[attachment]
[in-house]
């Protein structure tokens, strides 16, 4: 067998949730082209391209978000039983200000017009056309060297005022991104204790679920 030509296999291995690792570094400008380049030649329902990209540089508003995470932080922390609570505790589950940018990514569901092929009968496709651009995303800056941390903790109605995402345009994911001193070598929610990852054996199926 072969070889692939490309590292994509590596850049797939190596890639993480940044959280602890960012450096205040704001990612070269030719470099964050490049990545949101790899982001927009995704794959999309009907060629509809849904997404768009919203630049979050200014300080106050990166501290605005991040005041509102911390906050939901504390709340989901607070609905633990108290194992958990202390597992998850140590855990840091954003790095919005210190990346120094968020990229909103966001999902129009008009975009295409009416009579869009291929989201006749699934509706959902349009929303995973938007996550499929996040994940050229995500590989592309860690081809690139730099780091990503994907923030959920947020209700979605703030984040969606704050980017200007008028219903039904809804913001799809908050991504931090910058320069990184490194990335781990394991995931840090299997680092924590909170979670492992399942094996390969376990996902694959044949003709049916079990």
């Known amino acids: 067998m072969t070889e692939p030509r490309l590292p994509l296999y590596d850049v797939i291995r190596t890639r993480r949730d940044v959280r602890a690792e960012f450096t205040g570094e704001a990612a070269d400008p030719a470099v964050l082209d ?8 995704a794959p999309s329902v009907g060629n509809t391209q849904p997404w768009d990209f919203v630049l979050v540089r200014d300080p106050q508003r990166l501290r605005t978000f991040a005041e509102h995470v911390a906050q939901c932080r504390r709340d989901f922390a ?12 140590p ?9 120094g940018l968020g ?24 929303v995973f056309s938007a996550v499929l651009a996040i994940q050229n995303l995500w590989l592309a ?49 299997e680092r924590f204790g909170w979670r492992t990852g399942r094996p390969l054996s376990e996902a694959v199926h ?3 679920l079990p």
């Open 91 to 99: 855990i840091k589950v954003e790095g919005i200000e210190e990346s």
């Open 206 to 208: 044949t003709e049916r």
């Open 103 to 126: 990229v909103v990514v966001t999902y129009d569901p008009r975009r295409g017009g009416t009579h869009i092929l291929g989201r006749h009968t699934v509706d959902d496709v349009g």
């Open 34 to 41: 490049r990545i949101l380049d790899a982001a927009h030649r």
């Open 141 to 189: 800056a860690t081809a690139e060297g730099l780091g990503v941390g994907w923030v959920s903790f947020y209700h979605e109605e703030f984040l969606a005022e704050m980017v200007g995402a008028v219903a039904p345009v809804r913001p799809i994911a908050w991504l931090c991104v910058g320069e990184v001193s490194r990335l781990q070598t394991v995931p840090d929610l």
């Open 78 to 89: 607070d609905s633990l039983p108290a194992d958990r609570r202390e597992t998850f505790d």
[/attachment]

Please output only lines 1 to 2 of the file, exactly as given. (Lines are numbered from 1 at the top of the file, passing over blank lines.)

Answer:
[in-house]
């Protein structure tokens, strides 16, 4: 067998949730082209391209978000039983200000017009056309060297005022991104204790679920 030509296999291995690792570094400008380049030649329902990209540089508003995470932080922390609570505790589950940018990514569901092929009968496709651009995303800056941390903790109605995402345009994911001193070598929610990852054996199926 072969070889692939490309590292994509590596850049797939190596890639993480940044959280602890960012450096205040704001990612070269030719470099964050490049990545949101790899982001927009995704794959999309009907060629509809849904997404768009919203630049979050200014300080106050990166501290605005991040005041509102911390906050939901504390709340989901607070609905633990108290194992958990202390597992998850140590855990840091954003790095919005210190990346120094968020990229909103966001999902129009008009975009295409009416009579869009291929989201006749699934509706959902349009929303995973938007996550499929996040994940050229995500590989592309860690081809690139730099780091990503994907923030959920947020209700979605703030984040969606704050980017200007008028219903039904809804913001799809908050991504931090910058320069990184490194990335781990394991995931840090299997680092924590909170979670492992399942094996390969376990996902694959044949003709049916079990």